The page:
Another investment scam has been uncovered.
Weeks before the P12-billion investment scam of Aman Futures was exposed, hundreds of employees of a popular mall chain in Metro Manila were reported to have been victimized using the same double-your-money-scheme, the National Bureau of Investigation said Tuesday.
A suspect in the investment scam, Imelda Labadia, also known as Imelda Lomido, was arrested in an entrapment operation Tuesday morning in her house at Signal Village in Taguig City, the NBI said.
Special agent Gary Ruiz, NBI National Capital Region officer on case, said the house of Lomido served as her office where all cash transactions took place.
“Based on the sworn statements of the victims, in one mall outlet alone, she victimized 300 employees and some of them even hold managerial and supervisory positions,” Ruiz said.
He added that money received by Lomido from employees of the mall alone “could reach P30 million.”
The victims started filing their complaints last month after Lomido’s remittance had fallen behind, the NBI agent said.
Melissa, not her real name, one of those who filed a complaint in the NBI, said she was lured into investing in Lomido’s scheme because she had seen her officemates enjoy their profits.
“I envied my officemates who were able to buy expensive cell phones and clothes with the interest of the money they entrusted to Lomido,” Melissa said.
She said Lomido promised her a weekly interest of 15 percent for her P300,000 investment.
“It was money borrowed from relatives and friends, my hard earned savings and salary,” Melissa said.
Melissa, a supermarket cashier, did not reveal her real name for fear that she would be sanctioned by the mall management for talking to the media.
She said the matter had reached the mall management, which has ordered employees to stop transacting with Lomido.
“We were ordered to stop dealing with Lomido and in the event this reach the media, not to drag the name of the company to the controversy. Otherwise we will be fired,” Melissa said.
In an interview with the Inquirer, Lomido denied she ran away with the investors’ money.
She said the mall employees entrusted their money to her voluntarily. “They would go to my house and ask me if I could invest their money for them,” Lomido said.
She said the money she received was lent “to market vendors with an interest of 20 percent a month.”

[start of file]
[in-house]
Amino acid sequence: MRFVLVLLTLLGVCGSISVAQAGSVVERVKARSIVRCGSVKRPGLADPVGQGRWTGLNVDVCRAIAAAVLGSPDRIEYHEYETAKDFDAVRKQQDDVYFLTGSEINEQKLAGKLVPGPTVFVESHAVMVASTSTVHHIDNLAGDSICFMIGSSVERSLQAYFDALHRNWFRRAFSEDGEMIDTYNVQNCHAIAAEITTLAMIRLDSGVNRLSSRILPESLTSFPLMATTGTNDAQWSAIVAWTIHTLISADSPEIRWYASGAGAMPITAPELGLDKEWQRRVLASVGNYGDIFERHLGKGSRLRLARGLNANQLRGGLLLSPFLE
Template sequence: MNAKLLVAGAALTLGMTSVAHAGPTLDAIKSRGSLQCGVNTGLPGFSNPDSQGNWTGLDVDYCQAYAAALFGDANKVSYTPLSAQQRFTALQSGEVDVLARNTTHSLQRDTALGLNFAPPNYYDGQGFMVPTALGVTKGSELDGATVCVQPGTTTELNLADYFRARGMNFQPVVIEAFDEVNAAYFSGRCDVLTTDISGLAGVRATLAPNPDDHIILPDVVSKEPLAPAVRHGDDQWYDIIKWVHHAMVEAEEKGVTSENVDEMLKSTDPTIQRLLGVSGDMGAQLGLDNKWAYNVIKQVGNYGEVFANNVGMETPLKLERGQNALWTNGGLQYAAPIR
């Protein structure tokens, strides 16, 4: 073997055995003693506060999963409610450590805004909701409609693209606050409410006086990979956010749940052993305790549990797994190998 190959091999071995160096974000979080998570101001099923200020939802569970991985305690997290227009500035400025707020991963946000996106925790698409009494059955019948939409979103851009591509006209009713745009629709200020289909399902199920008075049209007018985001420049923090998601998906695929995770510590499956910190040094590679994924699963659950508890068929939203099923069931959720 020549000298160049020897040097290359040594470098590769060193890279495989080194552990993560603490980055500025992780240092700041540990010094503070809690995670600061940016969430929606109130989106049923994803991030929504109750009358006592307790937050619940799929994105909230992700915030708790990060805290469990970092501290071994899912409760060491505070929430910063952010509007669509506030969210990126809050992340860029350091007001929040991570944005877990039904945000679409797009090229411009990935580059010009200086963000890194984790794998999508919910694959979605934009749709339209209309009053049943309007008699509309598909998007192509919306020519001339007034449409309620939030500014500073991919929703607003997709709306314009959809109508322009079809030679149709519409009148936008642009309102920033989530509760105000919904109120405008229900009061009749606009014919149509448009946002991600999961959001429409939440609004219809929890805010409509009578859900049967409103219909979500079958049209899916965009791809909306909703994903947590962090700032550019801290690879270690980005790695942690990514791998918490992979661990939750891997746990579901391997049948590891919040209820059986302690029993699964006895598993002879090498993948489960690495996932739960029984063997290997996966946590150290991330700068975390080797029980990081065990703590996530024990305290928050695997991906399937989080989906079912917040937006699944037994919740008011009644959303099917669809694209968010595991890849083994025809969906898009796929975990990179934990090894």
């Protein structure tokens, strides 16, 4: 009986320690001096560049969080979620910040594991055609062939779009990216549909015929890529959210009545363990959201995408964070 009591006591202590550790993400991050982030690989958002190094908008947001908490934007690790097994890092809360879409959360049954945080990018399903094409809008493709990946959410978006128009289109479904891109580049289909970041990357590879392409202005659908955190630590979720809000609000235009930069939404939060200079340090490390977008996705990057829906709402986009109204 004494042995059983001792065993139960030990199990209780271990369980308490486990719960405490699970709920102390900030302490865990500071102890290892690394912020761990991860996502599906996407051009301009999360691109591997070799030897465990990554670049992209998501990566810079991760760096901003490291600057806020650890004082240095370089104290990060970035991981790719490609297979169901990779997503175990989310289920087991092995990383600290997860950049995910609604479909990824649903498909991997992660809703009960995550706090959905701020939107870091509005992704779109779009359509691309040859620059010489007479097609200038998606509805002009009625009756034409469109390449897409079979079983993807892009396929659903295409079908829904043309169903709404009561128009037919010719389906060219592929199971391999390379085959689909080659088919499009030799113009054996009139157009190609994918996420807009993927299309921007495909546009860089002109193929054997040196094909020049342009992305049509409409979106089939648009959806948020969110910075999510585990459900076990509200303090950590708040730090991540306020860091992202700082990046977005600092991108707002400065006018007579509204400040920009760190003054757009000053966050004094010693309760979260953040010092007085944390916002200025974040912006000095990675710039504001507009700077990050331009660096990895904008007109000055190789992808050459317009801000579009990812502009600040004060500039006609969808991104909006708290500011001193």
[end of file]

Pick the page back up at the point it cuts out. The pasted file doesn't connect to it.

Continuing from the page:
Several ledgers where Lomido recorded the transactions are now in the possession of the NBI, according to Ruiz.
“We have recovered several ledgers and notebooks which detail her transactions,” Ruiz said.
“It’s very crude. Lomido will not issue an acknowledgment receipt but show the investor a notebook where the investment is being recorded,” he said.
Also found in the house of Lomido were small envelopes bearing names of the investors and the amount they were supposed to receive.
Multiple estafa cases will be filed against Lomido, according to Ruiz.
He said the NBI was looking for Lomido’s partner Ricky Fontillas.
Vendors in Divisoria, Manila, were among the 15,000 victims of Aman Futures.
A life better than selling counterfeit watches and bags on the streets of Divisoria enticed Noraida to invest in Aman Futures.
“We dreamt of finally being able to afford the required deposit and capitalization for a proper store from the interest we would get from the money we invested in Aman,” the victim said.
Noraida was among nine vendors from Divisoria who went to the NBI yesterday to file a complaint against Aman Futures.
She said that she found out about the big interest offered by Aman through their relatives in Mindanao.
“We communicate through cell phones and we were told how our friends and neighbors’ lives had changed because of their investment with Aman,” Noraida said.
She said she gave Aman a total of P250,000 on Sept. 26 and was supposed to receive her gains on Oct 12.
Documents Noraida submitted to the NBI showed that Aman Futures deducted a certain amount from interest income for tax purposes.
“There’s no processing fee, but taxes for interest money were collected,” Noraida said.
She added that apart from losing the money she feared for her life.
“We could be killed by our creditors if we could not give back their money. They might not believe us that we invested the money in Aman and we were swindled,” Noraida said.
“Now we are back on the streets and we don’t know if we can still recover the money,” she said.